The Gond tribe is one of the largest Adivasi communities in India and they inhabited the dense forests of the Vindhyas, Satpura and Mandla in the Narmada region in Madhya Pradesh*.  As is common with most tribal communities who express their joys and sorrows collectively and in a ritualistic manner, the Gonds too have been celebrating their festivals and rituals with songs and dances. For centuries they have been rooted in their cultural practice and traditions.  However, in the 1980s many men from villages began to leave for the cities in search of work.  In those circumstances, Jagdeesh Swaminathan, who was the Director of Bharat Bhawan in Bhopal and was constructing the tribal art wing at Bharat Bhawan found Jangarh Singh Shyam who became the first Gond artist to use paper and canvas for his art.  As most of us know, Jangarh Singh Shyam’s tribal art found great support and success and was exhibited widely not only in India but also abroad.  When in Japan for a three month visit, while he was still in his thirties Jangarh Singh Shyam took his life, under circumstances which are still not clear.  When I met Nankusia Shyam, the late Jangarh Singh Shyam’s wife, one could see that she still carried the burden of the pain and loss.

Image by Nalini Malaviya

 Nankusia Shyam creates her own identity

Image by Nalini MalaviyaNankusia Shyam revealed that she had no interest in art initially, but later on at the insistence of her husband she began to fill in colours in the figures and drawings.  Once Jangarh Singh Shyam passed away, for her, painting was a way to continue his legacy as well as a means of survival.  During this phase, many artists tried to take advantage of the situation and promote themselves as Jangarh Singh Shyam’s heirs in the art world.  That forced Nankusia Shyam to come out of her mourning and establish herself and her family as the legitimate practitioners of Gond art – or rather the form which was initiated by Jangarh Singh Shyam.  She gained confidence as she worked more and often found herself working late in the night to complete images for paintings which had to be delivered.   

Incidentally, when Jangarh Singh Shyam was alive he already had a system in place where members of his community were apprenticing with him while painting and assisting him.  As a result, there is a whole community of Gond artists who are practicing this tribal art form and are exhibiting in art galleries in India and sometimes even abroad. The particular style and genre of Gond painting which was initiated by Jangarh Singh Shyam is termed Jangarh Kalam. Bhuri Bai and Lado Bai who were also present at the demonstration in Bangalore have been associated with Nankusia Shyam for a long time.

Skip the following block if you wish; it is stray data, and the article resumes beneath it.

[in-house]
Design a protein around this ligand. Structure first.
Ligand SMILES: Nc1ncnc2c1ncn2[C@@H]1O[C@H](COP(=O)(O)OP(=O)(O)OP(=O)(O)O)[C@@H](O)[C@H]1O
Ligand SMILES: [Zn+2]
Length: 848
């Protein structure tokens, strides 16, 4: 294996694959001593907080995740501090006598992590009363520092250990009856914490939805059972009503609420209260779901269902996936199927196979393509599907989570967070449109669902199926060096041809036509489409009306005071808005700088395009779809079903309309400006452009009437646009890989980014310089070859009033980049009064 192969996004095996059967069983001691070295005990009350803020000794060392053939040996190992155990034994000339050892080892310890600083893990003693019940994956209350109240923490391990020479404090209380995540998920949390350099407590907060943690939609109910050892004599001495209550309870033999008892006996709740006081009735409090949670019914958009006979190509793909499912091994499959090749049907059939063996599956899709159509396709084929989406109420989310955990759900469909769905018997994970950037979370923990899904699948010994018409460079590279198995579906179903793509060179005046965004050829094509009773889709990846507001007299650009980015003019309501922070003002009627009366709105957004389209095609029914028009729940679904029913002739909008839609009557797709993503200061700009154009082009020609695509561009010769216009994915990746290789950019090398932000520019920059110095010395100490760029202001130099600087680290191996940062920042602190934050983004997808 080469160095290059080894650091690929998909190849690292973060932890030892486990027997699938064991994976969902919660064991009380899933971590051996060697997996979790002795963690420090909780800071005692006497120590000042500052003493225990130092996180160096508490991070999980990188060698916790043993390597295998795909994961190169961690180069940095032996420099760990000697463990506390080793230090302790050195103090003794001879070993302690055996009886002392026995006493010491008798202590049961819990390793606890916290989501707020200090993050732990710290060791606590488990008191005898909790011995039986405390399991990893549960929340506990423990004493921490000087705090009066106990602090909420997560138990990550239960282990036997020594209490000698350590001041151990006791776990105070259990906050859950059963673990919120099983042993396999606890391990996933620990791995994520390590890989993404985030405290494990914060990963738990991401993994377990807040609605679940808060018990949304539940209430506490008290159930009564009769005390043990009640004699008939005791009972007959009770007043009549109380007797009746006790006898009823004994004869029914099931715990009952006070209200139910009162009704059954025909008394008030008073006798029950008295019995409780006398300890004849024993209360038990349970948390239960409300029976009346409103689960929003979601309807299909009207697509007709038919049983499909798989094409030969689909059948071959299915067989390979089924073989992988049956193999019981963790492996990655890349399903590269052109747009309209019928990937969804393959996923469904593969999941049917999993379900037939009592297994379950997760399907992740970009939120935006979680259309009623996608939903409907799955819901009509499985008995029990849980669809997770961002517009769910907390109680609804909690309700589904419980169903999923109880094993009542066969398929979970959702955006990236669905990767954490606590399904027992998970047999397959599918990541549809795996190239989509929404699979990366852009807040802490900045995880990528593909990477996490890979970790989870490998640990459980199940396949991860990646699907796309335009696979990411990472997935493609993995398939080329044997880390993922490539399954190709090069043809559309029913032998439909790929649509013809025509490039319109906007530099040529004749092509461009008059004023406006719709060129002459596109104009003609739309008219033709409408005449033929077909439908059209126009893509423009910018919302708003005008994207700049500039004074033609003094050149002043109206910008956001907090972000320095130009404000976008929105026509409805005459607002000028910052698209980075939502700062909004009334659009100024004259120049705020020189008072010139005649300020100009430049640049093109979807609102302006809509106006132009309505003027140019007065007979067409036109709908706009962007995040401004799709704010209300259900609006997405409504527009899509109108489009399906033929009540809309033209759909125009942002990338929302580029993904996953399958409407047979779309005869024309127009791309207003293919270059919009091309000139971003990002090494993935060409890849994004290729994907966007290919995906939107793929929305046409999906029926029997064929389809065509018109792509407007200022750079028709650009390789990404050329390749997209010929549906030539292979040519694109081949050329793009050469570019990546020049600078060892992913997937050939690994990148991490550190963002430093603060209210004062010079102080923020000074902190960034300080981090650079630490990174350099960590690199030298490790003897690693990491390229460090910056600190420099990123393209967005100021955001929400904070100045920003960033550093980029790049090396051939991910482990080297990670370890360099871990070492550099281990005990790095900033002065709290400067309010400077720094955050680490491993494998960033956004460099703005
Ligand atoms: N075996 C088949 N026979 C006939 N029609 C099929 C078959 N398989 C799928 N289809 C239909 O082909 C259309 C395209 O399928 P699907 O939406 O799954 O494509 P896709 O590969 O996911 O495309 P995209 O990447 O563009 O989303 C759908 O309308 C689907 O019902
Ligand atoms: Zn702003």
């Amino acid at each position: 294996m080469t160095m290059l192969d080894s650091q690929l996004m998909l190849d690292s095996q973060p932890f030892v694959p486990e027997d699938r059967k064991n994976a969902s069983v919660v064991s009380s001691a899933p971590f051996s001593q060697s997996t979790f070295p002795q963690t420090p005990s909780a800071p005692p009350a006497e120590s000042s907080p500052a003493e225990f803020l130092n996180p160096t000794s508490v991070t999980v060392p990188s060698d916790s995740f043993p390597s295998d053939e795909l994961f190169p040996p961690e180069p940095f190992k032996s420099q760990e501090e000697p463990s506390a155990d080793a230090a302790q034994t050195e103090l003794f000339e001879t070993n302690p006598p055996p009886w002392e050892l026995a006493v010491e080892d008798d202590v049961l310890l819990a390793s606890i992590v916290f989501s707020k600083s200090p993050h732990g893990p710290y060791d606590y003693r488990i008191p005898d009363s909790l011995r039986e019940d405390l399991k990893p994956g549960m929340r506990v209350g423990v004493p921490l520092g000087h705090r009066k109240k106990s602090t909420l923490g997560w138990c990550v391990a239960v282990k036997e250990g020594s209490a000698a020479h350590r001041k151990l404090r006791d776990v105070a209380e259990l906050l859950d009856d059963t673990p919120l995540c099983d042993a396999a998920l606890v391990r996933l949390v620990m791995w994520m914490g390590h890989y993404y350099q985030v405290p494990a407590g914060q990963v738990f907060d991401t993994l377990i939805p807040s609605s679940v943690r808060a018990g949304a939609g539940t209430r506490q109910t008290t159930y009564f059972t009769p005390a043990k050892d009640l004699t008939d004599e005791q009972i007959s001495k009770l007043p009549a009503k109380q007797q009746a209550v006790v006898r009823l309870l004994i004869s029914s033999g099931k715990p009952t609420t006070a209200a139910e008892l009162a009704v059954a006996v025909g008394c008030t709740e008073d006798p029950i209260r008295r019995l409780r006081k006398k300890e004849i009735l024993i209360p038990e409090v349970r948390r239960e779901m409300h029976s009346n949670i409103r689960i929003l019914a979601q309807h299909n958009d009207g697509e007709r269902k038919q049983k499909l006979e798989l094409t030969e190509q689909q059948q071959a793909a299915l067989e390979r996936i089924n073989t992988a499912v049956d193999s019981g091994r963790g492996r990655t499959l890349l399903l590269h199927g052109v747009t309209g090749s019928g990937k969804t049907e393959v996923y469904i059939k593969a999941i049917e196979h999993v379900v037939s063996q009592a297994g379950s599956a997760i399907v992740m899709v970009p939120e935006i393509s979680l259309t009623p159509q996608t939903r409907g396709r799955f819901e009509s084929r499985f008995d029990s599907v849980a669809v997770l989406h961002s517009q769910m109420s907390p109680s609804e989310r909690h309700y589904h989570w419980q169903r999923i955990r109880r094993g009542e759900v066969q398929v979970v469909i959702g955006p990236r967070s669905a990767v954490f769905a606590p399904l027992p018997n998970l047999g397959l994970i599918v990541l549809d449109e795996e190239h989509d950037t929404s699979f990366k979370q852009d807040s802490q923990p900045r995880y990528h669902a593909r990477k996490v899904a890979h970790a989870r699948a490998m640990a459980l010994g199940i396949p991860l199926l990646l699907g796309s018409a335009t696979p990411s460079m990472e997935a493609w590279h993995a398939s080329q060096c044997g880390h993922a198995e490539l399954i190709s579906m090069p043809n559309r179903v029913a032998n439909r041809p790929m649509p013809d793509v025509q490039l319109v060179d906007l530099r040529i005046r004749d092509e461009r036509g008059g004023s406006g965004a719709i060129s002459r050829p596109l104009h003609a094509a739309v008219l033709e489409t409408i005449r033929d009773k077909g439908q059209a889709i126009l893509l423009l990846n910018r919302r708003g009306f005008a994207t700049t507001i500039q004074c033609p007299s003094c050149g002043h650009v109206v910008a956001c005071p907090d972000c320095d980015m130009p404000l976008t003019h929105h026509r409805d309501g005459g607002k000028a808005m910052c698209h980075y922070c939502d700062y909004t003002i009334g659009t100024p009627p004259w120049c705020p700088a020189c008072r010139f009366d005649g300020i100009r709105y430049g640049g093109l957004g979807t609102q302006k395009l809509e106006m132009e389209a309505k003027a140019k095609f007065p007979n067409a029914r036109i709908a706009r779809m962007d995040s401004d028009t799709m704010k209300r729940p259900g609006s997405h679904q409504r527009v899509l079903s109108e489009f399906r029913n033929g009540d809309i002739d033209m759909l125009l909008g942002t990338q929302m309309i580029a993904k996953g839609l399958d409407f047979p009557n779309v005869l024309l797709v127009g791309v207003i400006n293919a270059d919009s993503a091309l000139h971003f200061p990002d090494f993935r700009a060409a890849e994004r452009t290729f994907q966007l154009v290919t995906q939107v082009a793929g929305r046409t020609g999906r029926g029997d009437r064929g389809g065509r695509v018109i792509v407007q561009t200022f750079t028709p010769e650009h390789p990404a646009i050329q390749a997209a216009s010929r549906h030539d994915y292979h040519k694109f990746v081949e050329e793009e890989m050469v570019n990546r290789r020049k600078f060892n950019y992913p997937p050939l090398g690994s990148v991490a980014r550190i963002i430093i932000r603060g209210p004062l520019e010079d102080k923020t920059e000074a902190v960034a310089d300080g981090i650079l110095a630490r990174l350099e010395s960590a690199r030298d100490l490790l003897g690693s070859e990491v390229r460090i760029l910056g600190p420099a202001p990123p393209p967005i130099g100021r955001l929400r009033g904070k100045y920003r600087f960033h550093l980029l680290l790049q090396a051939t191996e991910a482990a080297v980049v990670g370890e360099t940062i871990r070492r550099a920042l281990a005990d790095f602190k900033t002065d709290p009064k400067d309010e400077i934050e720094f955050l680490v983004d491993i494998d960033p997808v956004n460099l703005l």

Image by Nalini MalaviyaImage by Nalini Malaviya

Coming back to Nankusia Shyam, she has clearly come a long way.  If you compare her early works to the recent ones, there is a greater clarity and confidence in the paintings now.  Images are refined and there is finesse in her works.  Mythical animals, fables and other stories along with elements from nature are reflected in her paintings.  Her two older children, son Mayank and daughter Japani are also accomplished artists as they have been painting for many years.  I came across one of Japani’s paintings which was a delightful black and white work, with a fascinating imagery and contextually much more contemporary in nature. Nankusia Shyam’s youngest son has not shown much interest in painting until now, but she is optimistic that he may take it up soon!

Folk and Tribal Art – Survival?

Gond art in its current form has been able to establish itself in the mainstream galleries and has also been part of curated exhibitions.  And, although there is a lot of competition amongst the Gond artists to find recognition and acceptance in galleries and auctions, I feel it has fared much better than other folk and tribal arts, which are rendered as crafts displayed in handicraft and lifestyle stores. 
No doubt, commercial and business aspects have crept into the Gond art practice as well, but then one must accept that at the end of the day it is a question of survival.  As I have said many times before, what is much needed at this juncture is sufficient government and corporate support to ensure that our folk and tribal art and other cultural practices/traditions can be sustained and conserved.